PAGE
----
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Showing posts from January, 2012

Bradshaw's Chippenham

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NAH and I have been enjoying the latest series of Great British Railway Journeyson TV recently. Last week's trip took us back to our old stomping ground in the North East and I was taken by surprise by the wave of homesickness which hit me.

Great British Railway Journeys is one of those gentle little gems. A trip along various railway lines is the opportunity to explore the scenery, towns (often the less well known ones with the kind of quirky items I like) plus the history of Victorian times, particularly how the coming of the railway changed the face of Britain.

Each series is based around using Bradshaw's Guide*: a guide to Britain's delights aimed at the Victorian who wanted to explore by rail. It's different to most guidebooks as the order isn't alphabetical or by county, but by region and railway line.

Such is the series' popularity, the 1866 edition has been republished and NAH bought me one for Christmas. The entry for Chippenham (once I'd found it)…

Salad Days: Of Sprouted Seeds and Microgreens

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I'm experimenting with some radishes for microgreens - not quite the mini forest of waving seed leaves I have in my mind's eye yet, but aren't those root hairs fab?

Welcome to January's edition of Salad Days: our monthly get together on the fourth Friday each month to see how everyone's getting on with their52 Week Salad Challenge!
When I kicked off the challenge 3 weeks ago, I didn't expect the enormous reaction I've seen from right across the globe. Many thanks to you who've already started writing your blogposts and tweeting your pictures, experiences and questions using the #saladchat hashtag. I'm really chuffed with everything that's been happening this month :D
You'll find Mr Linky at the end of this post for you to enter all your Salad Days entries. Don't worry if you don't post today, that's why I'm using Mr Linky so that you can add them when you're ready...
The pea shoots are enjoying their move from the kitchen …

Some Dates for Your Diary

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Filling out the pages of this year's calendar reminded me there's quite a few brand new gardening related events to look forward to in 2012. Here's a roundup of some extra dates you might like to put in your diary...
March
There's no Red Nose Day this year, but there is Garden Re-leaf Day on Tuesday 13th March instead. All proceeds will go to the charity Greenfingers, which raises money to build gardens at children's hospices.
April
16-22 April has been designated as the first National Gardening Week by the RHS. Expect all kinds of activities designed to encourage us to get gardening - here's the schedule for what's happening at the RHS.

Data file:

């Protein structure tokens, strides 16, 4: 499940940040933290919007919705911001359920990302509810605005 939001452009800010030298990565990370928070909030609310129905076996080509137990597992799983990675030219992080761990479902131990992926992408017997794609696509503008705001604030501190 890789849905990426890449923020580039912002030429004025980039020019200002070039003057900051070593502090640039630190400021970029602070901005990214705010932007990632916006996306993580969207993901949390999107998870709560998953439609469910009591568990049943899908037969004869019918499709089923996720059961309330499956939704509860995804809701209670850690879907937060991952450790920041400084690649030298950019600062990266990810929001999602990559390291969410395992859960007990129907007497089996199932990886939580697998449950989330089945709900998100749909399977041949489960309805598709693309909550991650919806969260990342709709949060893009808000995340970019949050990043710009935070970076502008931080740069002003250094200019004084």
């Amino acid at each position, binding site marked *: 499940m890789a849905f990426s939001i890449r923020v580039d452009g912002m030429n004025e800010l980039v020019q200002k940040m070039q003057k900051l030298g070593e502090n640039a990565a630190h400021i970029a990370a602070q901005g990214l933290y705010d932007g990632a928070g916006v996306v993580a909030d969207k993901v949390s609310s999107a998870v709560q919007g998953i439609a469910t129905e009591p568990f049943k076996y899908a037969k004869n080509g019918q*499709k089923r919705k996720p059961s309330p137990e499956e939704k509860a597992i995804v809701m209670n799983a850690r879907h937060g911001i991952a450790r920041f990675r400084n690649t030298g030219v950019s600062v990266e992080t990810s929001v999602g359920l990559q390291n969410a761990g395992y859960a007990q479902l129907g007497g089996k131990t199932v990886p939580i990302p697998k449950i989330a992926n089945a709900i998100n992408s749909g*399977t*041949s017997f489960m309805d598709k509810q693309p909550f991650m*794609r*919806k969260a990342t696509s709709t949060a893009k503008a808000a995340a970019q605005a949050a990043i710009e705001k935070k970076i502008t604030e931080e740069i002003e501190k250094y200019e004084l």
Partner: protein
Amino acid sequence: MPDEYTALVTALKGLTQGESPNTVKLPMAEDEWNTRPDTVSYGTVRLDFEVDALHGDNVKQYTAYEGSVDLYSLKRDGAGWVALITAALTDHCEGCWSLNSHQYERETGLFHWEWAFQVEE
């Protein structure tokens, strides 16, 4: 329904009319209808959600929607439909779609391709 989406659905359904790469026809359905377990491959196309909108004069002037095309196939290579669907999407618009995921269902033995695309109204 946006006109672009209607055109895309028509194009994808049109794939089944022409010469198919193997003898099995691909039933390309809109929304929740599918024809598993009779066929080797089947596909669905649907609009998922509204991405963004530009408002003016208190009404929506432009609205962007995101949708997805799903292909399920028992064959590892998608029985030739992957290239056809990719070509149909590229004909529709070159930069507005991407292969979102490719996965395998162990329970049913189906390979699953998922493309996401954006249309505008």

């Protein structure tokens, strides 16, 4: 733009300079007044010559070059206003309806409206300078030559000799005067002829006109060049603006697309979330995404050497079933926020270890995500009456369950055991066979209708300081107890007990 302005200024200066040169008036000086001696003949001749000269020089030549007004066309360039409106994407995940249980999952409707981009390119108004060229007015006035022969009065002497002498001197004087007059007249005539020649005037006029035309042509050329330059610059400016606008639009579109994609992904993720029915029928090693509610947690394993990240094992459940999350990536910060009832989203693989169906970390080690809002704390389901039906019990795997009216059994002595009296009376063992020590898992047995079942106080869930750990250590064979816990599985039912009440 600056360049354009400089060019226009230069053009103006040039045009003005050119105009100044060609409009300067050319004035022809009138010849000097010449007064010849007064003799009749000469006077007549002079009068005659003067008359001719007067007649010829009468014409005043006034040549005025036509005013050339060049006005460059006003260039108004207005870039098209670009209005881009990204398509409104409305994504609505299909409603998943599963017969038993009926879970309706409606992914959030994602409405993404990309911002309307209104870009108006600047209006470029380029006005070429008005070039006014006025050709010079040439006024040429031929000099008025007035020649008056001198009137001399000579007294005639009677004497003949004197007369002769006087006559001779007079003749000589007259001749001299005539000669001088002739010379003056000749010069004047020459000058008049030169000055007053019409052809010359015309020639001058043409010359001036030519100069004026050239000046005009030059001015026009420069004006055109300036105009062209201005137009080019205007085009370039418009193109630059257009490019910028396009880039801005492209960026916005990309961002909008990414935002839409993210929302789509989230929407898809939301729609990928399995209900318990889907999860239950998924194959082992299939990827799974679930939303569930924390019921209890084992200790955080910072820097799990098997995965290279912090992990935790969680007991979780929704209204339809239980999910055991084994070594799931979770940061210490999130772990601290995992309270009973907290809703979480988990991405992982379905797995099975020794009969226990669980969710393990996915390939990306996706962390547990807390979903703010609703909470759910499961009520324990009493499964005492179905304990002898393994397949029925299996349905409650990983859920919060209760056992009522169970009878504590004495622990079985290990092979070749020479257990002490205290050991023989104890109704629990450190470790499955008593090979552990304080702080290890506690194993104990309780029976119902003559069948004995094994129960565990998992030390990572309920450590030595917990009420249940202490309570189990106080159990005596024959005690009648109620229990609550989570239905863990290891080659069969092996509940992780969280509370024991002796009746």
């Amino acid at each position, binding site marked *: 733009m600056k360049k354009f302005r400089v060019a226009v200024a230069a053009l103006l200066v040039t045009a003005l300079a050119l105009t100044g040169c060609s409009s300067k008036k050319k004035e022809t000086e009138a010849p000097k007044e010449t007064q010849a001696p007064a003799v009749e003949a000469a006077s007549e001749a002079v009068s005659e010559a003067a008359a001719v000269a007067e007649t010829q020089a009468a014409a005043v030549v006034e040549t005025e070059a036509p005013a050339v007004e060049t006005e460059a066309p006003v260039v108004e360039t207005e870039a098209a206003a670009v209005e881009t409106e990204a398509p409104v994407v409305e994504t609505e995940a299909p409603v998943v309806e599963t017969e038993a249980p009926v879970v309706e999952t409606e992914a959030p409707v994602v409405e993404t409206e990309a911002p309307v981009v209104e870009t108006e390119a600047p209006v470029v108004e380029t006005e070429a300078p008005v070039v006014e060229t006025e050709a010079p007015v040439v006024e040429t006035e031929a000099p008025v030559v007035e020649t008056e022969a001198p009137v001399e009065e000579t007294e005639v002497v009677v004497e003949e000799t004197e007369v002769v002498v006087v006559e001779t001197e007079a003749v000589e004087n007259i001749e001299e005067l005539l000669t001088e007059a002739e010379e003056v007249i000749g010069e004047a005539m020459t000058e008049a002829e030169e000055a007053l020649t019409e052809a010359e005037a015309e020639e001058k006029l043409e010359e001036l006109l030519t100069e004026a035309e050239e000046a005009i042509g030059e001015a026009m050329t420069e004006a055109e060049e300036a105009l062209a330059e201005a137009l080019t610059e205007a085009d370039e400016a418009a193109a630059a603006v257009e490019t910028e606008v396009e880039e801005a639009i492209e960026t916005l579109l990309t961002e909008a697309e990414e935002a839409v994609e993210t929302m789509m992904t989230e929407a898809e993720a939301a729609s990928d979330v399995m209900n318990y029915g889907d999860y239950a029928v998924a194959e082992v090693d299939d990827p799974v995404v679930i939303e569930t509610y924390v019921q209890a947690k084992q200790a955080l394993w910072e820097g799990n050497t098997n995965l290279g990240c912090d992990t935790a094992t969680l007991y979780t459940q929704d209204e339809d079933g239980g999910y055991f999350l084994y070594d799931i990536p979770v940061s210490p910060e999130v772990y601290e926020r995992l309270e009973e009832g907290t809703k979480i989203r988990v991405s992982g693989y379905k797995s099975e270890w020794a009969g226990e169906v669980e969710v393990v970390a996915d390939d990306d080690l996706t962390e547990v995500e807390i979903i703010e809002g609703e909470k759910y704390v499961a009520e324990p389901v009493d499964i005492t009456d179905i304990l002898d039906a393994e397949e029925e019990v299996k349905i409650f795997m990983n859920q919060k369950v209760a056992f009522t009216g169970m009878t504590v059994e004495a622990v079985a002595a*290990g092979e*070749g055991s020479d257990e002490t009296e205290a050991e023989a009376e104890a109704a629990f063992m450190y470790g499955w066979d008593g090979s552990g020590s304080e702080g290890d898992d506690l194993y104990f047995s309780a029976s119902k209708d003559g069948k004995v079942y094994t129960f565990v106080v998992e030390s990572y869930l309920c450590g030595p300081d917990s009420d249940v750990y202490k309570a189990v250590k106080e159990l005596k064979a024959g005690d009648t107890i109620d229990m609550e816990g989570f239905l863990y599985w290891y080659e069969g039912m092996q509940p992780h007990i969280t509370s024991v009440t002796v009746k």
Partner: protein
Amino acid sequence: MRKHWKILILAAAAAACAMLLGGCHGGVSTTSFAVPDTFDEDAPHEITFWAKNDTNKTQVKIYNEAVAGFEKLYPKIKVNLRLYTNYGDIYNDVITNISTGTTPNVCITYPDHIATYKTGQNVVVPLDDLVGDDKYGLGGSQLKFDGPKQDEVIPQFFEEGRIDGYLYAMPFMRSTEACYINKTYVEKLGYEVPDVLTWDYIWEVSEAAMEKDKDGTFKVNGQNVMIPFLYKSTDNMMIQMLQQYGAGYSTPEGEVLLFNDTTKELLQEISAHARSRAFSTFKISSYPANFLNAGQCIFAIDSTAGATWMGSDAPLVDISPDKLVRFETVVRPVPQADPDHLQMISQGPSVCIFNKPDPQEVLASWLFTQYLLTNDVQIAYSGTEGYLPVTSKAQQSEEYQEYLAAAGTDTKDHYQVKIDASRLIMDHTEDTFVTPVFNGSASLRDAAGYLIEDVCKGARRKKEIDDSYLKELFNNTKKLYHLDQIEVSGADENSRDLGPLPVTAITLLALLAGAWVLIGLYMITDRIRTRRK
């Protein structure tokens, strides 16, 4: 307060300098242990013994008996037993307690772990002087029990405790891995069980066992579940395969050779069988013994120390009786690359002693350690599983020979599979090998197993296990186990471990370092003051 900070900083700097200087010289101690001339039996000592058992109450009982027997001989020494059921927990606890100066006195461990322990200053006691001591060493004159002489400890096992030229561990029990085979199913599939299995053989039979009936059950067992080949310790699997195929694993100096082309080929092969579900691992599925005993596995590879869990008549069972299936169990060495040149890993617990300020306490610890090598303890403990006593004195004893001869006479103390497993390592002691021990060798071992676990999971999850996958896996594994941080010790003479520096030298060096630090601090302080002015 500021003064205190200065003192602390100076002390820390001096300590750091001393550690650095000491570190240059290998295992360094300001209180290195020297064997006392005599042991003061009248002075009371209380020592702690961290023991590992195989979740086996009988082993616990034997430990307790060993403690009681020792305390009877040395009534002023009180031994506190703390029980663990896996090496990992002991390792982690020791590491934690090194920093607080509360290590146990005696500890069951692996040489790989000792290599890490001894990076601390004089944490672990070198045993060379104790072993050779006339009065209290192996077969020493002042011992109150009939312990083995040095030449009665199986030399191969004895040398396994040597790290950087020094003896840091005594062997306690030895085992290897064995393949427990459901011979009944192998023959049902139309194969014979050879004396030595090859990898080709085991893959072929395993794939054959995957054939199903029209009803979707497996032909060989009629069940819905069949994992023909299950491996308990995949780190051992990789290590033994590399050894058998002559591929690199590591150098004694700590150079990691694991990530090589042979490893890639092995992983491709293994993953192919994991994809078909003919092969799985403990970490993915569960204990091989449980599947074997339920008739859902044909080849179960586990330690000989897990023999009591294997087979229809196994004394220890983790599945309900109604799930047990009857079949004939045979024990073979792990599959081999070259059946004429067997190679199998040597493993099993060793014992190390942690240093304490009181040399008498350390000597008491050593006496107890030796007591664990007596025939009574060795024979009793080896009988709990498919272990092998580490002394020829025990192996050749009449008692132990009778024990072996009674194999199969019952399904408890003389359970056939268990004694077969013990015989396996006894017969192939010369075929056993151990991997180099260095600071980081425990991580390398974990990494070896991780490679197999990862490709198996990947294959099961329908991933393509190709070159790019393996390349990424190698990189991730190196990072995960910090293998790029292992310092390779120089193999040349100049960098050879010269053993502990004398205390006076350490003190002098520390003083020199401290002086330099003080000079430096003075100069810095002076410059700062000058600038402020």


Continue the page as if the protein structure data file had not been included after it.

May
As I reported last November, May 18th is Fascination of Plants Day. The extensive list of participating organisations in the UK can be found here.
Various times and locations
This year's Diamond Jubilee celebrations include the creation of 60 'Diamond Woods' around the country. I'm delighted I've been invi…

Seed Giveaway 2012

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January's a great time to dust off the seed tin and see what I already have before hitting the slew of catalogues which have flopped through the letterbox recently. As a result I've found I have more seed than I know what to do with.
Last year's Nasturtium seed giveaway went down very well, so I thought I'd do the same with this year's spares. I've weeded out all the packets which have gone out of date, so you'll get something which stands a good chance of working well for you this year. Here's what's available - any numbers in brackets mean I have more than one packet to spare:
Flowers
Aquilegia x hybrida 'Crown of Jewels' Mixed Aquilegia 'McKana Giants' Mixed Bronze Fennel Calendula 'Neon' Helianthus maximiliani(NB perennial sunflower) Hollyhock 'Halo' Mixed Morning Glory 'Star of Yelta' Phacelia'Tropical Surf' Sunflower Sweet Rocket (32 1)
Vegetables
Artichoke 'Violet de Provence' Beetroot 'Alto' B…

Salad Leaves for January

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A quick, visual guide to salad flavours - spotted in Marlborough earlier this month
Update: this post is also a good starting point for February.
Starting a salad challenge in January is probably the toughest time to start here in the northern hemisphere but if we can prove we can grow something now, then it bodes well for the rest of the year. Thank goodness we didn't embark on this quest this time last year! The coldest winter in decades would have made life pretty tough indeed.
The excesses of Christmas have given way to New Year's good intentions so this is probably why this challenge has struck a chord with so many of you. There's a desire for fresh, tasty healthy food and finding anything remotely gardeny to do is seen as a good thing.
What to Do Now

I've found the most important thing to do is to check my seed tin before going mad with those oh so tempting seed catalogues. I've found I already have packets of mizuna and rocket a-plenty (both suitable for windowsi…

How Advertising Works in Chippenham #29

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Build your supermarket on one of the town's most popular estatesMake sure there's a large, warm welcoming area to get shoppers in from the coldAdd several features designed to help them spend more moneyWait for a blogger with a camera to wonder since when have coins not been cash?Et voila! I know I'm being a little unfair as these are a feature of many a supermarket outside of Chippenham, but it was only when I was in my local one that the penny (literally!) dropped ;)

GBBD: Topsy Turvy Land

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There's a surprising number of flowers in my topsy turvy January garden. The unseasonably warm weather we had until a few days ago brought many blooms to the fore well ahead of their time.
The snowdrops I showed you to welcome the New Year have gone over already, but have been replaced by many more. The first yellow crocuses are out and as you can see my pure white primrose has joined them.